Walk on the *INSIDE* of sidewalks. (Seriously...it makes you less of a target for scoot-by thefts).
     
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  12. phigmov

    phigmov Mu-43 Hall of Famer

    Apr 4, 2010
    Get it engraved nice and deep. At least if it gets nicked there won't be any question about who the real owner is as it gets handed down from generation to generation.

    Maybe a cheap backup camera (PowerShot S90 or Panasonic LX3) ?

    I've had friends travel to Cambodia & Vietnam without problem, but most of their pictures were on low-key point & shoots or phones.

    Good luck. Remember, people are friendlier than you think. Plan for the worst but expect the best.

    Look forward to seeing the pics too :)
     
  13. Gusnyc

    Gusnyc Mu-43 Veteran

    306
    Mar 9, 2010
    New York
    Some people mentioned insurance. What are the companies that you would suggest to insure the camera? What kind of policy?

    Thanks for your answers.
     
  14. daum

    daum Mu-43 Veteran

    340
    Aug 26, 2011
    I've took my silver E-P5 to a company outing and a co-worker thought it was an old film camera (tech company).

    So when I was planning my trip to Cambodia, it made me feel somewhat better knowing that if I fooled someone here I can fool people in Cambodia into thinking it's an old camera.

    Glad to report I made it back with my beloved E-P5 :2thumbs:
     
  15. mattia

    mattia Mu-43 Hall of Famer

    May 3, 2012
    The Netherlands
    This I don't get - you're traveling in exciting, beautiful new places, and you don't take the best photographic gear you have (that's not too much of a hassle to drag around)? For me, as a non-pro who doesn't earn cash with the gear at home, documenting and photographing that beautiful new destination is the entire point of having camera gear. If I'm not taking it on holiday due to fear of theft, I'm either underinsured, or I should take a long hard look at whether it's worth owning the gear.
     
    • Like Like x 4
  16. hrsy1234

    hrsy1234 Mu-43 Regular

    72
    Mar 29, 2013
    East London
    Some odd responses here. The function of a camera is to take photos and create memories. The function of getting a better camera is to take better photos. Why on earth would you leave it at home? It's like buying a sportscar but never driving it. A camera has no value if it is not used - it's just an ornament.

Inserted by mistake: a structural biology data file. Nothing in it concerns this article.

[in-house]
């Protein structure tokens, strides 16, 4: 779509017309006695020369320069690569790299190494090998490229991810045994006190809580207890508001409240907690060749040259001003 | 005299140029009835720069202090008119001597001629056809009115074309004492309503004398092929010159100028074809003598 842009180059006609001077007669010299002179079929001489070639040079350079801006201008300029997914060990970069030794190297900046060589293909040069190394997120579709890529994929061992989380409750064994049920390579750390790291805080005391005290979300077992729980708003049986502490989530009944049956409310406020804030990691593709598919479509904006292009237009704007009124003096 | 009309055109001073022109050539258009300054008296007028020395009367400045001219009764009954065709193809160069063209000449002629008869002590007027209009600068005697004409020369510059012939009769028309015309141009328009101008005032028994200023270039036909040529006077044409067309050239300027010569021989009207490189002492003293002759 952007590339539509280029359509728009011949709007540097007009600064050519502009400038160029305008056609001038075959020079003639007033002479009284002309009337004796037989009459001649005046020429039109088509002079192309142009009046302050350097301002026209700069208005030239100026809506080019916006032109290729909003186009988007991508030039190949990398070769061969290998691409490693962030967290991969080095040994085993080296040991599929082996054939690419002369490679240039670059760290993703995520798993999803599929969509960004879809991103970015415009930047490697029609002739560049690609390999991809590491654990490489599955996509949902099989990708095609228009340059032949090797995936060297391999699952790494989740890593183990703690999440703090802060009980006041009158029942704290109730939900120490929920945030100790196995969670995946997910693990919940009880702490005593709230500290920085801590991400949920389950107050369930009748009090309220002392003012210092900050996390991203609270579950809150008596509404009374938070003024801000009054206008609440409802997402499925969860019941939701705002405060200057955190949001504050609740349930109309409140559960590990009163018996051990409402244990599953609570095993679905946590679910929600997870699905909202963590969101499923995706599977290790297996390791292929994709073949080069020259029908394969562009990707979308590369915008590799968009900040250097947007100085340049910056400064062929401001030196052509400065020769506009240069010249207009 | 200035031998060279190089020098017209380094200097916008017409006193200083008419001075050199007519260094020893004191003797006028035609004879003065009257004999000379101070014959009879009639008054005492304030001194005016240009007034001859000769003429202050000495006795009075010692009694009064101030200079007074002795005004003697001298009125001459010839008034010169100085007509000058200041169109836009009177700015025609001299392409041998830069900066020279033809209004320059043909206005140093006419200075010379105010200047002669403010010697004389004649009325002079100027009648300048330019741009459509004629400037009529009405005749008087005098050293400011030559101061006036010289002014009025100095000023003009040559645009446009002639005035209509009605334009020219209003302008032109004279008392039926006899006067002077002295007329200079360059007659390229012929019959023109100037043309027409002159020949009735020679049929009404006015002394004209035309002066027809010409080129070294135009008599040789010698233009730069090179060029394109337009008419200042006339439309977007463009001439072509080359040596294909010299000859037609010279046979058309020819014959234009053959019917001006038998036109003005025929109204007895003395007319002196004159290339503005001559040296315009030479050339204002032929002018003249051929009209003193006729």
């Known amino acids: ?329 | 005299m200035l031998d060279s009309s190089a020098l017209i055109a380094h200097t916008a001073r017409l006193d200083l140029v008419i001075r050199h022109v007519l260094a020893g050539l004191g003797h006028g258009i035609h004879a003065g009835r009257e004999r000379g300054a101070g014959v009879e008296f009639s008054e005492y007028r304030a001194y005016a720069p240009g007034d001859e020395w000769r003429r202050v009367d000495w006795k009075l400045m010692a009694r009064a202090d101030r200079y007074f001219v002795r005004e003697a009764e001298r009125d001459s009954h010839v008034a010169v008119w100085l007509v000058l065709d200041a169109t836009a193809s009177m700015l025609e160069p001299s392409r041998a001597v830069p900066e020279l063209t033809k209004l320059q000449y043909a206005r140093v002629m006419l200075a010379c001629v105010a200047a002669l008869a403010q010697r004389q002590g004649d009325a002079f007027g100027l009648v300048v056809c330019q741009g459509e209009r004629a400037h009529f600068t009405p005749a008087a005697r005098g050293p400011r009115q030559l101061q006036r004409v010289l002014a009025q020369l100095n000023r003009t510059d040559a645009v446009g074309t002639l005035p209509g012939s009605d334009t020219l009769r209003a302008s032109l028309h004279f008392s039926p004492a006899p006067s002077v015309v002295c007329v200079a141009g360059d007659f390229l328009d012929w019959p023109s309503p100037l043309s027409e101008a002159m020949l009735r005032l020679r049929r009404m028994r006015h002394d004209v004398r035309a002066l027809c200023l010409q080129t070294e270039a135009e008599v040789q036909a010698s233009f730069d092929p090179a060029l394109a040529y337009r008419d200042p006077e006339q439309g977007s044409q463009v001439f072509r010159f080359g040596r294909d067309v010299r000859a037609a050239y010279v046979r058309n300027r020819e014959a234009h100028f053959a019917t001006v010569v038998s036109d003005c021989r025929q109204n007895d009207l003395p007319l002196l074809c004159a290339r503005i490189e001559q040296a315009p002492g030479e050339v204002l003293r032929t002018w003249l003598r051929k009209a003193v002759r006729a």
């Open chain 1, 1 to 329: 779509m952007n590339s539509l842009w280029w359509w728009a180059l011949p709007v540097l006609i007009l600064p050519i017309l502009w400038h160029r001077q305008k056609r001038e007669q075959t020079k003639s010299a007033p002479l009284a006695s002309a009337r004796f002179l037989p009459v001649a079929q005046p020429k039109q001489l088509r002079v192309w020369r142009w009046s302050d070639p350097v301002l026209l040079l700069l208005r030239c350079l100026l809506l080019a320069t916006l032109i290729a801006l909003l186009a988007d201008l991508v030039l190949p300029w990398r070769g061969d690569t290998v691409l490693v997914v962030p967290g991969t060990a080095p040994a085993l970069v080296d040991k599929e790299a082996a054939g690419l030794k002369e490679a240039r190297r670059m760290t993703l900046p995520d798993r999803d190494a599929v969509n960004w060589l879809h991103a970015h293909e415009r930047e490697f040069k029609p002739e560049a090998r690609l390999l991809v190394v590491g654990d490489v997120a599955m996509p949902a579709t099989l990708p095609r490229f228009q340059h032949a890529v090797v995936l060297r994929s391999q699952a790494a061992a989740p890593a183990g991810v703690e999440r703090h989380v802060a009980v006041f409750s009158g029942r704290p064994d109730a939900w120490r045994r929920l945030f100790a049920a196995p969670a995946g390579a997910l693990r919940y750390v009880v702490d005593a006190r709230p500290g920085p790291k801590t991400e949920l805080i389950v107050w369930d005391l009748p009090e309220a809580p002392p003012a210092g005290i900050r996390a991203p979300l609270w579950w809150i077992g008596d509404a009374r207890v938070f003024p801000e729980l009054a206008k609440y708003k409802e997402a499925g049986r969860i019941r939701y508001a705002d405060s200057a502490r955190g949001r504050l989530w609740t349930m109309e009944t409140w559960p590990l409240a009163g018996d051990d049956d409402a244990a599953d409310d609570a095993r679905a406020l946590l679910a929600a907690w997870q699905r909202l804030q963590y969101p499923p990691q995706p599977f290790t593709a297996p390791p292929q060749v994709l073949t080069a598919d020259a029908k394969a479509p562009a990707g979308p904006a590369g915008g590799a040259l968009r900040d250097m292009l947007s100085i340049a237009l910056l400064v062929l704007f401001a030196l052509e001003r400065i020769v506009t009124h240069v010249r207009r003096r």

The people of Cambodia are some of the nicest people I've met. Vietnam you may want to have you wits about you.

    Tip 1, Get good insurance. Proper travel insurance, not the type of insurance you get free with your bank. Make sure the camera and associated lenses are itemised at their true value.

    Tip 2, Don't wear a standard neck strap, get a strap you can wear across your body. It's unlikely you will get mugged at knifepoint or similar, but there are definitely organised motorcycle gangs who are very adept at speeding past you and removing your camera from your neck before you even realise its gone. Put it away when you're not using it, in a non-descript camera bag, that you can wear frontwards.

    Tip 3, Most of all, have fun - you are going to love it.
     
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  17. zulfur666

    zulfur666 Mu-43 Veteran

    254
    Jan 30, 2014
    I've traveled around over there in SE Asia... don't worry so much, there are TONS of people with HUGE DSLR cameras. Unless you leave your camera sitting on a dinner table nobody will bother ripping it from your neck.
    I overpaint my logo usually but that has other reasons as well as I just don't like screaming out the advertisement nor am I being paid to advertise for Olympus. So while the engraved Olympus is still there it matches the actual camera color. I also use a different strap usually a leather or plain black one without advertisement.
    Hope that helps. Ease up... enjoy your travels.

     
  18. Have to agree. The basis for most of my photographic purchase decisions is whether they are portable enough and more to the point whether they are good enough to use for travel photography.
     
  19. phl0wtography

    phl0wtography Mu-43 Veteran

    227
    Apr 15, 2011
    Gotta agree with LuckyPenguin and hrsy.
    What do you buy gear for if not for using it?
    Almost always it's money that makes people act like that. They are afraid of losing, breaking, being robbed of their precious phones, laptops, tablets, cameras, and whatnot. Those are just tools, and as harsh as that may sound, if you cannot swallow the financial loss of one of those tools, means you actually couldn't afford it in the first place.
    Could I buy a Leica with a nice Lux? Yes. Could I afford to replace it? No. Since this would put me in an uneasy mindset using the thing, I revert to something I can replace within my means: my E-M5 with a few nice primes. Materialism is a shackle I don't wanna be trapped in.
     
  20. fortwodriver

    fortwodriver Mu-43 Top Veteran

    956
    Nov 15, 2013
    Toronto, Ontario, Canada
    Frank
    Well, yes, but our cameras are quite a bit smaller than what many people carry around now. It's all perspective. The large DSLR user may wish they had a smaller camera while travelling. It's possible that the smaller-camera user may wish they had a SMALLER camera while travelling.

    Most of my travelling was done with a D100 with the first-generation 24-120 VR lens it was not a small ensemble - and this was before everyone had DSLRs with them. I didn't really feel like I was being singled out in public although I had a few "chaser" tourists who watched what I was photographing and then sidled up with their point and shoots to try and take the same photo themselves - THAT was funny.